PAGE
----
Amandla Stenberg thegrio.com
Amandla Stenberg attends the Marc Jacobs Fall 2016 fashion show during New York Fashion Week at Park Avenue Armory on February 18, 2016 in New York City. (Photo by Jamie McCarthy/Getty Images for Marc Jacobs).

Amandla Stenberg, the star of the Hate U Give opened up to Teen Vogue about being sexually assaulted twice in response to Dr.Christine Ford’s powerful testimony against Supreme Court pick Brett Kavanaugh.

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Stenberg said she too was silenced and damaged by two sexual assaults that she was reluctant to call rape even though she didn’t consent. The traumatic teenage experiences left her broken, she said, and sitting in a “soup of guilt and shame that often follows an unwanted sexual experience.

After experiencing her second assault, she recalls: “I woke up to a text message that said I should ‘probably find a plan B,’” she said as she outlined her journey into getting the pill designed to prevent a pregnancy.

“This proved to be much more challenging than I anticipated, and ultimately required a trek to a women’s clinic on the outskirts of town. The train bench felt like a murky pool under my thighs. I was sitting in that soup of guilt and shame that often follows an unwarranted sexual experience. My body hurt and my mind was on a one-track loop, dissecting all the things that I was culpable for, that must have led me to my predicament. I felt stupid. My mama had taught me better than to put myself in positions of vulnerability that could lead to these possible ramifications.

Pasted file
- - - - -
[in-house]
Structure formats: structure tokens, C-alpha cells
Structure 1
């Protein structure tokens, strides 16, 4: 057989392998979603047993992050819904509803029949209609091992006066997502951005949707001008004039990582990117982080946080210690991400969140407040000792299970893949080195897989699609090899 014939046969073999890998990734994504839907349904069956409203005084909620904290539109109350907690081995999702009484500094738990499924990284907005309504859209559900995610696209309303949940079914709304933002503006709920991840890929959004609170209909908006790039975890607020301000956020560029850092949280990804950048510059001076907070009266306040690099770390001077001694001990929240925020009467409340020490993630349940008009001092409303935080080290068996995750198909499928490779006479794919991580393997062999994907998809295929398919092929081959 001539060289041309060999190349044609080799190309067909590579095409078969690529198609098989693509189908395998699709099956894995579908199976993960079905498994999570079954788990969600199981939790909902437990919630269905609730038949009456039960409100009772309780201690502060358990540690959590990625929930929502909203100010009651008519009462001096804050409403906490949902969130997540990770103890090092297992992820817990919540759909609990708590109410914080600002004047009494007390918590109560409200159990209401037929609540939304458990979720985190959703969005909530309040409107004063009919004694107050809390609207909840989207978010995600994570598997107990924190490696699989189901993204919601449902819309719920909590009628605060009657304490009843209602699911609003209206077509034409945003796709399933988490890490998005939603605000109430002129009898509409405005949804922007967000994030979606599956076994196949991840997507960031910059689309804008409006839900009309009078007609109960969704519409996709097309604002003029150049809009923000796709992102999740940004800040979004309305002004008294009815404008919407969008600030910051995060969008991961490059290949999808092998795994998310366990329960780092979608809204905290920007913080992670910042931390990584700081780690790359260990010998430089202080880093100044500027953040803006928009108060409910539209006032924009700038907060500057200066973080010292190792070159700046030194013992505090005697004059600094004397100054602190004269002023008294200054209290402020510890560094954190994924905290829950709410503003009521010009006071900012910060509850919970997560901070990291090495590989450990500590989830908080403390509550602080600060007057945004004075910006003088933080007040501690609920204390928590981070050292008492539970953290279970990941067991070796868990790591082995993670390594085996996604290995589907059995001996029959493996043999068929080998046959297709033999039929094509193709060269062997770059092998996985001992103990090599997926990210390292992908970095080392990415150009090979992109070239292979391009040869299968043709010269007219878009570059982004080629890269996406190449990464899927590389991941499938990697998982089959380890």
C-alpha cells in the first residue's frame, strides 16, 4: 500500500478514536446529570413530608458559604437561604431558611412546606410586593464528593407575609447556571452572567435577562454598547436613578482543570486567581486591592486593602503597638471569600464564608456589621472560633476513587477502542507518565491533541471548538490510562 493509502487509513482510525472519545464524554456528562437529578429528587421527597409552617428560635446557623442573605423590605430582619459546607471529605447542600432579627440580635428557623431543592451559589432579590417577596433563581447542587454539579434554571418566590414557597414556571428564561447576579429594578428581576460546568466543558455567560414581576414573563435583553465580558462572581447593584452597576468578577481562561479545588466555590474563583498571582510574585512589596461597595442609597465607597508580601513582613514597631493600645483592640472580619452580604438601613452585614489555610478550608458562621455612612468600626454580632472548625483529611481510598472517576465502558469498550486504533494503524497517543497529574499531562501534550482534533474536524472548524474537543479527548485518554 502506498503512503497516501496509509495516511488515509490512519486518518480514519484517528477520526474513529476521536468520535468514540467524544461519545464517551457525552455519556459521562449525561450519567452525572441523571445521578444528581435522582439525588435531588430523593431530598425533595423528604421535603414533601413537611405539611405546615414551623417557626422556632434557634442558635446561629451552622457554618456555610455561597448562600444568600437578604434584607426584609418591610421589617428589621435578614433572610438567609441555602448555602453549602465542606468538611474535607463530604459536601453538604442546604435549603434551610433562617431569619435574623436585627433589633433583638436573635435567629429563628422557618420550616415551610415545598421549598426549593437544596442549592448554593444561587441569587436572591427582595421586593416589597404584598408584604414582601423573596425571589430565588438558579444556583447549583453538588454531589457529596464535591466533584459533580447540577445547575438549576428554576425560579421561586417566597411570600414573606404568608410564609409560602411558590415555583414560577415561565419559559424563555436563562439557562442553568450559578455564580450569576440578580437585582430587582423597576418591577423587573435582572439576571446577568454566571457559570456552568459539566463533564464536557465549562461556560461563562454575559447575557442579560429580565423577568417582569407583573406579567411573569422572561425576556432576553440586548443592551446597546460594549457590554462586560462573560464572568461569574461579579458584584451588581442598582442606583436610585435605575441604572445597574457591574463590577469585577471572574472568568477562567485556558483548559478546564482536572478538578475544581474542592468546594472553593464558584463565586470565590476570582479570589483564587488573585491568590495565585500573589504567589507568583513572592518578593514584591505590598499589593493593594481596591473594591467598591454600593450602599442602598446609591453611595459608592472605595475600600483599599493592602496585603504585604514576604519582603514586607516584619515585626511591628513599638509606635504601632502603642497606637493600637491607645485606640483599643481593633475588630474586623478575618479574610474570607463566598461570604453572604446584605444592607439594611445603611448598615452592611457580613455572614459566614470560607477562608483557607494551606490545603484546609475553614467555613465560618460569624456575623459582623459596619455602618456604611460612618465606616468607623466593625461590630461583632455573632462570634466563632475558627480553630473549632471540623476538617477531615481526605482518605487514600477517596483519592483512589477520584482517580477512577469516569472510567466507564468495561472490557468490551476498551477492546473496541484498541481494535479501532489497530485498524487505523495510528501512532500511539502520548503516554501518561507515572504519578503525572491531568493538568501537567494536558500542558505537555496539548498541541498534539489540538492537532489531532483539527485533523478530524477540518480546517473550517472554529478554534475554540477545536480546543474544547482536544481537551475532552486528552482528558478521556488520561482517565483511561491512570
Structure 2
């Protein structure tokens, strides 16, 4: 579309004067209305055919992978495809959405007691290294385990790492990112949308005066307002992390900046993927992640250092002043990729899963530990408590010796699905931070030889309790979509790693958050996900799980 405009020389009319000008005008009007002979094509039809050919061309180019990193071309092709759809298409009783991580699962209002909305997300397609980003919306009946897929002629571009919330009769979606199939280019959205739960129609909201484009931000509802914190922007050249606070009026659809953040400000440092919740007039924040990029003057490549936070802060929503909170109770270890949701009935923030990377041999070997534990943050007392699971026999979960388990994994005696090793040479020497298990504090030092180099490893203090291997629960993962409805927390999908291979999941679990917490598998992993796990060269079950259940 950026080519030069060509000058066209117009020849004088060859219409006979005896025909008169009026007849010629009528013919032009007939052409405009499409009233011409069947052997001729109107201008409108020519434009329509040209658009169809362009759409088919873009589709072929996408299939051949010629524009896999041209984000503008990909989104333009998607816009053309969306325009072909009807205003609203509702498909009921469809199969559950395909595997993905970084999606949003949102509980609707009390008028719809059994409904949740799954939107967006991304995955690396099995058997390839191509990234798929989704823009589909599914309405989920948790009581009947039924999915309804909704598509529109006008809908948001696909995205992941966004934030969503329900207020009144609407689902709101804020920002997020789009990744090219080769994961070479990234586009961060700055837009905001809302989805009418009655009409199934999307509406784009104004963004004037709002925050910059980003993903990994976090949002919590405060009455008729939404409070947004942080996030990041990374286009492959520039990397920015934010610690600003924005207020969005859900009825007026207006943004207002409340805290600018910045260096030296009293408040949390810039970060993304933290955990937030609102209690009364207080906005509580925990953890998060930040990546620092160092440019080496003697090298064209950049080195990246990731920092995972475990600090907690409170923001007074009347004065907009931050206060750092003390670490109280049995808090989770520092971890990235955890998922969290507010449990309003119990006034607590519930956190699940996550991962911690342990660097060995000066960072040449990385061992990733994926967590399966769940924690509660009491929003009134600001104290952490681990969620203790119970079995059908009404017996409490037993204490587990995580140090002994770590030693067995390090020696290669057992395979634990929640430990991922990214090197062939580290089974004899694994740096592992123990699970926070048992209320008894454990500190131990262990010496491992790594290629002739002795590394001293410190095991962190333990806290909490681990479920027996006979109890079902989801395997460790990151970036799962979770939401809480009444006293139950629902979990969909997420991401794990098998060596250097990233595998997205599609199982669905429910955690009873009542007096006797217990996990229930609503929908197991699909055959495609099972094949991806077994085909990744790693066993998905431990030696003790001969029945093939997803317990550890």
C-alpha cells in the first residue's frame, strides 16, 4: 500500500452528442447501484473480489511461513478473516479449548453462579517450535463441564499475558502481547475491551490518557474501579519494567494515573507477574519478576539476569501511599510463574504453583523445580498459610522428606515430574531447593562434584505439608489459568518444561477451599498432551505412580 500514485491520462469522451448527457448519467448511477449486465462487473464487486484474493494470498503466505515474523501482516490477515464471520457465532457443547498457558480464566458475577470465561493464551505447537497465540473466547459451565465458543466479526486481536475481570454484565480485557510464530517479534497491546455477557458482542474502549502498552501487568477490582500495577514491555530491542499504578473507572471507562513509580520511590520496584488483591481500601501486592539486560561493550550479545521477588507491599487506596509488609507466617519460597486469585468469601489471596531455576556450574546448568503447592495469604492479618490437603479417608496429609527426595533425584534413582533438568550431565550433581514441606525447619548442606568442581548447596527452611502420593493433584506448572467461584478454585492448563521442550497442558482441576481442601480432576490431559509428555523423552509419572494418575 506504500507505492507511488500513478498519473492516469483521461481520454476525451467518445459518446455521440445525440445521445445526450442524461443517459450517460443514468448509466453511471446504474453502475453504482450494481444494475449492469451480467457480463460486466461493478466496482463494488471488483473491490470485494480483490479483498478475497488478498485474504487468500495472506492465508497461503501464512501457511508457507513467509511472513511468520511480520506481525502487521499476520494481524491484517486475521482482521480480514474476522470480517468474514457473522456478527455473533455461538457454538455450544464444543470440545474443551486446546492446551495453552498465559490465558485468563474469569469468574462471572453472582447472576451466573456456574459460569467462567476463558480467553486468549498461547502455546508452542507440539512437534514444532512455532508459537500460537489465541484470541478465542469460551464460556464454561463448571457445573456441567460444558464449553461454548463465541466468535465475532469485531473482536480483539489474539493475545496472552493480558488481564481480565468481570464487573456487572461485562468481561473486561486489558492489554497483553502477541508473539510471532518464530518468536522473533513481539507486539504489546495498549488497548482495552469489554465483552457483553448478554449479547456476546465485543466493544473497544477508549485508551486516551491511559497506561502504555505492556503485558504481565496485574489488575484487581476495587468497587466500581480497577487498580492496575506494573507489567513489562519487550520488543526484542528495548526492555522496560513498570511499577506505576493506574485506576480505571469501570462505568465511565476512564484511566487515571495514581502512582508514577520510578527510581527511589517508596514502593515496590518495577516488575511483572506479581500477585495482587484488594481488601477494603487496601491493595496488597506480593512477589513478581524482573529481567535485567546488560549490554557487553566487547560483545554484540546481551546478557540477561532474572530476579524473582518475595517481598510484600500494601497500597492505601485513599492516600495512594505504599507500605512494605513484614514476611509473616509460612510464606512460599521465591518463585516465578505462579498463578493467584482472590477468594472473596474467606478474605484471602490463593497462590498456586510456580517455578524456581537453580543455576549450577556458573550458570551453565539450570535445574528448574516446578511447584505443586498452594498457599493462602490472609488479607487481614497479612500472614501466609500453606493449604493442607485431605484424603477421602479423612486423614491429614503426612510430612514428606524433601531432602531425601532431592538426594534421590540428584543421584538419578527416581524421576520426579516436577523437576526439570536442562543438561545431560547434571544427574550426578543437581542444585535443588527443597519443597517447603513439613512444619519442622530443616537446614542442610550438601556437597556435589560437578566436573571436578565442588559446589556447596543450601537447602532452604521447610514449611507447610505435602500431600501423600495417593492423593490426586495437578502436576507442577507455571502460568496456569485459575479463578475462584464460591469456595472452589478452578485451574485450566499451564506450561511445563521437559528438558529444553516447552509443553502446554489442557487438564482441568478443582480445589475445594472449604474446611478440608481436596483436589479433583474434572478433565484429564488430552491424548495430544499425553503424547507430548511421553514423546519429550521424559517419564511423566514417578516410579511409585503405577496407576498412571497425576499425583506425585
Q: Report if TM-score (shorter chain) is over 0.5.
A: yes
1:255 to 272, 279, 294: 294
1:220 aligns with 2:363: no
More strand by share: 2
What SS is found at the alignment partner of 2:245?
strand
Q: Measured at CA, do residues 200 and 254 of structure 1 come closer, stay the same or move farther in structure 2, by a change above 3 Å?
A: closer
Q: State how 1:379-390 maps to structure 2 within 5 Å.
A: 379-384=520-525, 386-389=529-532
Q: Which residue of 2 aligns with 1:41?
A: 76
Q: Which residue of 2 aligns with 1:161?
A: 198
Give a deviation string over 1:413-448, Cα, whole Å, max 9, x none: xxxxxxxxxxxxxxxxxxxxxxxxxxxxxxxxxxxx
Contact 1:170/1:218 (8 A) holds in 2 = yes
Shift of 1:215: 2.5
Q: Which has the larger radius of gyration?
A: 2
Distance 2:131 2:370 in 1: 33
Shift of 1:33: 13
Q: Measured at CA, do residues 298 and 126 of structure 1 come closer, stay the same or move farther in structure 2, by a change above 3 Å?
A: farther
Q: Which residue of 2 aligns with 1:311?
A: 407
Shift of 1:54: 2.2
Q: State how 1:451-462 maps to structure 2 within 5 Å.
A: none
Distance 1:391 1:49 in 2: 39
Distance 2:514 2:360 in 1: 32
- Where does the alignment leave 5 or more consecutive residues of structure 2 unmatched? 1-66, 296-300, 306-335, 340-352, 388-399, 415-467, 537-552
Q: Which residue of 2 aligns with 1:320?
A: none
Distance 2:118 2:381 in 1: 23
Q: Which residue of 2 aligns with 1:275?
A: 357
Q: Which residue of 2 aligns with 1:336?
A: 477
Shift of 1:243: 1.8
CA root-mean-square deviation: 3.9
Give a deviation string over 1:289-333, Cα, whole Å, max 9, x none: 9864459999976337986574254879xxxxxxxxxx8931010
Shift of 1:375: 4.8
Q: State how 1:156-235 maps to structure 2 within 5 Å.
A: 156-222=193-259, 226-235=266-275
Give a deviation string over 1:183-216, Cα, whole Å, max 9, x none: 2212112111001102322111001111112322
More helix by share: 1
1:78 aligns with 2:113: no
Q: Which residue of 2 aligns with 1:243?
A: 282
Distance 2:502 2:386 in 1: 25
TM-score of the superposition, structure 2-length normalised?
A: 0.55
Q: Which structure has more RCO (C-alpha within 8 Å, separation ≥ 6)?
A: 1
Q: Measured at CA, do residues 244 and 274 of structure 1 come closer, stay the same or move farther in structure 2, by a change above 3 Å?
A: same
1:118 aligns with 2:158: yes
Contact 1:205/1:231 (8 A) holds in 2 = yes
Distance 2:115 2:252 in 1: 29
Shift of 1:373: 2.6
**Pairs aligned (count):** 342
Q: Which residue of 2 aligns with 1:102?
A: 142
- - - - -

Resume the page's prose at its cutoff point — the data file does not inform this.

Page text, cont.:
“I blamed myself. This was my fault for not having been smarter,” she said.

Stenberg said she knew the man who violated well.

“My assaulter was someone who was respected by my peers and had invited us into his space. It seemed to me that often the trade-off of being invited into spaces by these sorts of cis straight men and getting their approval was the acceptance that what I had to contribute was the value of my body as a woman. Implicit within that was the notion that, because my body served such a transactional purpose, it was no longer just my property. That was a form of social currency I was familiar with and, honestly, at times accepted.”

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“So, sitting on the train bench by myself, I reasoned, for the sake of my assaulter, that this result was to be expected. Right?”

What made matters worst for the star is that it was the second time she was victimized and the guilt ran deep.

“It was not the first time I had been assaulted. The first time it happened, I was sexually inexperienced, at that juncture between girl and woman, where I was beginning to understand power through sex and craved the approval from cisgender straight men I was being taught to seek. It was so swift and forceful that by the time I recognized what was happening, I felt I only had two options: I could A) voice my discomfort and protest, probably to be met with further force and/or male disapproval or B) convince myself that this was something I wanted. I chose the latter, out of self-preservation and to placate male desire. I had not consented, but I had not said no. So I did not consider what I had experienced an assault. I figured it was just an inherent part of sexual exploration as a teenage girl; the conundrum of compliance. And even in the throes of my discomfort, I prioritized the male ego. In both instances, I excused the behavior because I had been taught to, and it was easier than facing the full weight of my pain. Afterward, I clung to the tool of my breath that had been given to me by my mama, but I didn’t call her to tell her what had happened.”

Read Stenberg’s entire Teen Vogue here.